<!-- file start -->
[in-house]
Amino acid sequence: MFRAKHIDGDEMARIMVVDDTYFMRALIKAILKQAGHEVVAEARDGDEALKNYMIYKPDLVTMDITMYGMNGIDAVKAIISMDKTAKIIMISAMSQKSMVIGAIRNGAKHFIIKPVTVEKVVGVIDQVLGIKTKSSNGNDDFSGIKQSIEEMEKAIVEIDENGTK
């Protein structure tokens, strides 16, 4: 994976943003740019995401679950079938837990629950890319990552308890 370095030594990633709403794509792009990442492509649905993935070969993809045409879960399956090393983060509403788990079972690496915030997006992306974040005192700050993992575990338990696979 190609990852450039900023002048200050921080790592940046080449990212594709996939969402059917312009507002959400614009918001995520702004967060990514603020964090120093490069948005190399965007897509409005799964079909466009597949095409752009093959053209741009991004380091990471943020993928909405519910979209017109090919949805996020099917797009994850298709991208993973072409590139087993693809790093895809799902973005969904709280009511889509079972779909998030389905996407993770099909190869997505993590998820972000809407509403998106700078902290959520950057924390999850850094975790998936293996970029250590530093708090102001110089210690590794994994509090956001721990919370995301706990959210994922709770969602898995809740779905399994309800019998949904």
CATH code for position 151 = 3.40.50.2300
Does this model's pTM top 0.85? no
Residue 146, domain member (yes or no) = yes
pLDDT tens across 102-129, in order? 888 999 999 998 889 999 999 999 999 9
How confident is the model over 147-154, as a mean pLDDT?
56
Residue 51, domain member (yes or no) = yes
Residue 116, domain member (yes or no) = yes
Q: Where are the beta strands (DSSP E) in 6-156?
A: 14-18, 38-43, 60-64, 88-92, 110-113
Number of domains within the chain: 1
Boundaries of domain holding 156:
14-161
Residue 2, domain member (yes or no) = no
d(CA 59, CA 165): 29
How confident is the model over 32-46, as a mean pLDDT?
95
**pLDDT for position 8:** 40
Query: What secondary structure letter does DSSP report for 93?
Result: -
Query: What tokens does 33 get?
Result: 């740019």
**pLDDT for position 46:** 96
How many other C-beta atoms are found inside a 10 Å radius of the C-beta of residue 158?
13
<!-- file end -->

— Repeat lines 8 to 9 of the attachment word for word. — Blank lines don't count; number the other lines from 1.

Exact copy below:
How confident is the model over 147-154, as a mean pLDDT?
56